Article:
Senator Jeff Merkley holds townhall in Arlington

Times Journal

Oregon Senator Jeff Merkley swept through Eastern Oregon on a three-day tour, holding townhalls in nine counties.

Starting on Friday, May 17, Oregon’s junior Senator started his townhall tour in Malheur County, and then went to Harney, and Grant County. On Saturday, Merkley held townhalls in Baker County, Union County, and Wallowa County. On Sunday, he met with constituents in Umatilla County, Morrow County, and in Gilliam County.

At the Gronquist Building in Arlington, sixteen people gathered to meet with Senator Merkley.

Arlington School Superintendent Larry Johnson introduced Sen. Merkley, who began the meeting by recognizing a local group that has impacted the county. Senator Merkley recognized the Condon Arts Council for bringing positive change.

This year, Senator Merkley’s office helped the Condon Arts Council to secure federal-direct-spending through the US Department of Agriculture. The $250,000 funding package will support the restoration of the Historic Liberty Theatre in Condon.

In attendance from the Condon Arts Council was board President Margaret Takagi, who received the flag and gave an overview of the organization and its objectives.

Founded in 2021, the Condon Arts Council is a nonprofit organization that has brought arts programming to youth, working adults, and seniors in the Condon area. It has also found ways to engage people in neighboring communities and counties – with programming and events that encourage arts and culture.

Senator Merkley then opened up the floor for discussion, saying that he and Senator Wyden are likely the only senators to have an open dialogue with constituents. Merkley called this the “Oregon Way,” saying people might have differing opinions in Oregon, but that respect and courtesy help to guide townhalls in the state.

The Senator heard from Skye Krebs, a cattle and sheep rancher and landowner in Gilliam County and in Wallowa County. Krebs pushed the Senator to advocate for the removal of the gray wolf from the Endangered Species Act. While wolves have not caused documented livestock depredations in Gilliam County, there has been growing concern of the predators in Oregon.

Last month, ODFW released its 2023 annual report and found that gray wolves have not grown in population in the past year, but that livestock depredations increased significantly.

Merkley said that wolves that are east of Highway 395 are now delisted from the federal Endangered Species Act, meaning that the state is in charge. Landowners can shoot gray wolves east of Highway 395. Merkley believes that the wolf will continue to grow in population west of 395 and will also be delisted – but he said that he understood the concern and had heard about wolves in every townhall in this trip.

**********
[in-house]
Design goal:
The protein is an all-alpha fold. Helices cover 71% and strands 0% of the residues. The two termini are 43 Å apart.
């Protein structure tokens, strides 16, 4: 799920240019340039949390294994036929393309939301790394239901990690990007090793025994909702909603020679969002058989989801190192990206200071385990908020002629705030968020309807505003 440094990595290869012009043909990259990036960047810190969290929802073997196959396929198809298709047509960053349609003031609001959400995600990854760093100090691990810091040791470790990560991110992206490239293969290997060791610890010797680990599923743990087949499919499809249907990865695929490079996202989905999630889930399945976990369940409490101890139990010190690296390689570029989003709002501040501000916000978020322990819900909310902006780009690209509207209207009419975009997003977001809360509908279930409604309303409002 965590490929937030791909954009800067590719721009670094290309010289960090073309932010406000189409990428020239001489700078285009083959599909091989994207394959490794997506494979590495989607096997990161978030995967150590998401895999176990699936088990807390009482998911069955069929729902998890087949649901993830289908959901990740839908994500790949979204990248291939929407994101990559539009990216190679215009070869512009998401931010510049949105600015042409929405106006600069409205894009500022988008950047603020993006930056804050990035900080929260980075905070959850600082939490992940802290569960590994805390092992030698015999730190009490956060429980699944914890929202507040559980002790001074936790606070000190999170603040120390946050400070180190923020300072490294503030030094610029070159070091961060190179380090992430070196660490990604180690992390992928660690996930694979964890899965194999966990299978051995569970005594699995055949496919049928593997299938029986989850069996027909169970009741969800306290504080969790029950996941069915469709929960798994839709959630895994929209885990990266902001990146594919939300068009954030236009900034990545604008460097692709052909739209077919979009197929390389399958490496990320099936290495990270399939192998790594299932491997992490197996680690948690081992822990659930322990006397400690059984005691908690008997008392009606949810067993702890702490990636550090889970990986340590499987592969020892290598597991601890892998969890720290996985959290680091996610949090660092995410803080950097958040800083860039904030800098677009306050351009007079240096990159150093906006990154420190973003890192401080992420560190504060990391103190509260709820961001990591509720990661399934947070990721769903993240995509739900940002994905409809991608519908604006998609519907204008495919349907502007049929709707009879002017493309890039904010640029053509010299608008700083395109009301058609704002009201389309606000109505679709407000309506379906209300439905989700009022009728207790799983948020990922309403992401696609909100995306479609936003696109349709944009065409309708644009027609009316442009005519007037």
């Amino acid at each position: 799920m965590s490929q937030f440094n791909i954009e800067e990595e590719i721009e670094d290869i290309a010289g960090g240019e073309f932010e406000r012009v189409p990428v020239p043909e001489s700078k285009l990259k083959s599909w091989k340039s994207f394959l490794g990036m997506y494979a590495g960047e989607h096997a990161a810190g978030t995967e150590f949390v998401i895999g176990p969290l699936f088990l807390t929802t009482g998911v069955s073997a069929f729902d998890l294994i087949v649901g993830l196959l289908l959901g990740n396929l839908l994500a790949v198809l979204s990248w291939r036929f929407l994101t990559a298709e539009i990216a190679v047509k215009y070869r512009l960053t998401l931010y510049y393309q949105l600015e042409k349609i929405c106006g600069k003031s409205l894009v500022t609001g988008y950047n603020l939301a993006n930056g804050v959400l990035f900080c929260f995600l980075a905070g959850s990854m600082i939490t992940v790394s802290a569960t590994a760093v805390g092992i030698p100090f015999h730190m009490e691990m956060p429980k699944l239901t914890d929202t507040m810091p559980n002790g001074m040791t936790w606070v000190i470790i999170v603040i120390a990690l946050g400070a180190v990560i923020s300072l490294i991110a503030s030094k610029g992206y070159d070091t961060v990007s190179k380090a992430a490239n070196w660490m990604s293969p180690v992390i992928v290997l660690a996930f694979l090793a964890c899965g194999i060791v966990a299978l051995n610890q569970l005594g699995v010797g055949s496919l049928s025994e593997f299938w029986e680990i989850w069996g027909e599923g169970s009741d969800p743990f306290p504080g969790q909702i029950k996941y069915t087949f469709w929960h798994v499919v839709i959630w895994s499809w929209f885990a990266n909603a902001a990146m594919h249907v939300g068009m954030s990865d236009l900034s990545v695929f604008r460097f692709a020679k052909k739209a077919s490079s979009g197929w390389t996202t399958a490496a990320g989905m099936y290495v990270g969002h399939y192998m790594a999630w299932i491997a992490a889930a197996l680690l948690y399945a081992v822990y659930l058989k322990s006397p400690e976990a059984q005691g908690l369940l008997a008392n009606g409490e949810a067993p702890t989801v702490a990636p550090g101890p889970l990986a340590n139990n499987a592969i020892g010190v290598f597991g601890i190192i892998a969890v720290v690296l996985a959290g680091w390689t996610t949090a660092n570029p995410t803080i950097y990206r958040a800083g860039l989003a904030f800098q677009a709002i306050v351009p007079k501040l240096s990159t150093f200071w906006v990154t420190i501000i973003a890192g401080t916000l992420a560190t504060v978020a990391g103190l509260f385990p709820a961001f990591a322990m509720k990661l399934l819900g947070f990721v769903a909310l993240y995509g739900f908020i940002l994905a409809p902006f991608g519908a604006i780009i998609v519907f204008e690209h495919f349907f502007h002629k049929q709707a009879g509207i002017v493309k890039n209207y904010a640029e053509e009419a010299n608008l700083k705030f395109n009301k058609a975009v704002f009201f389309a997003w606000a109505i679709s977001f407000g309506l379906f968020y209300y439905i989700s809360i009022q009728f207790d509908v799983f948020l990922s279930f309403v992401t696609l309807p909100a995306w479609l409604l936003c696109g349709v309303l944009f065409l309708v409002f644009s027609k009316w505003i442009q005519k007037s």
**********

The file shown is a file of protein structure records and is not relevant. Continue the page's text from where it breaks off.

Merkley also heard from Haylee Potter, the Executive Director of the Condon Early Learning Center.

Potter asked Senator Merkley if there is an effort in the Senate to improve funding for early childhood education. Merkley said that there has been a growing bipartisan effort to improve access to childcare but that early education funding has been limited in Congress due to the nation’s growing debt.

Potter’s fiancé, and teacher at Wheeler High School, James Andrews, shared a story of students who were pessimistic about home ownership in the future. Merkley shared that owning a home and achieving the American Dream has become illusive to young Americans, causing apathy and skepticism of the future. The Senator shared that owning a home as a blue collar American has become very difficult.

However, he did talk about the need to regulate the housing market and to build more starter homes for first time homeowners.

Senator Merkley has sponsored the Hedge Fund Control of American Homes Act with Washington Representative Adam Smith. Together, they found that hedge funds have been buying unprecedented amounts of homes and real estate across the United States. It is estimated that hedge funds own nearly 575,000 single family homes – driving prices up and homeownership for young people down.

Looking to the future, Merkley said that finding education that meets the needs of the future is essential for young people. Superintendent Larry Johnson spoke about the Arlington school’s push to educate students about education after high school.

The Arlington school has held week-long culinary classes with people in the industry, heating and electrical seminars, and construction and trades sessions. Johnson said that recently, a group visited a beautician school and that students also participated in career trips to Columbia Gorge Community College in The Dalles.

Senator Merkley said that such efforts would be central to the state’s future and he was encouraged by questions about the next generation.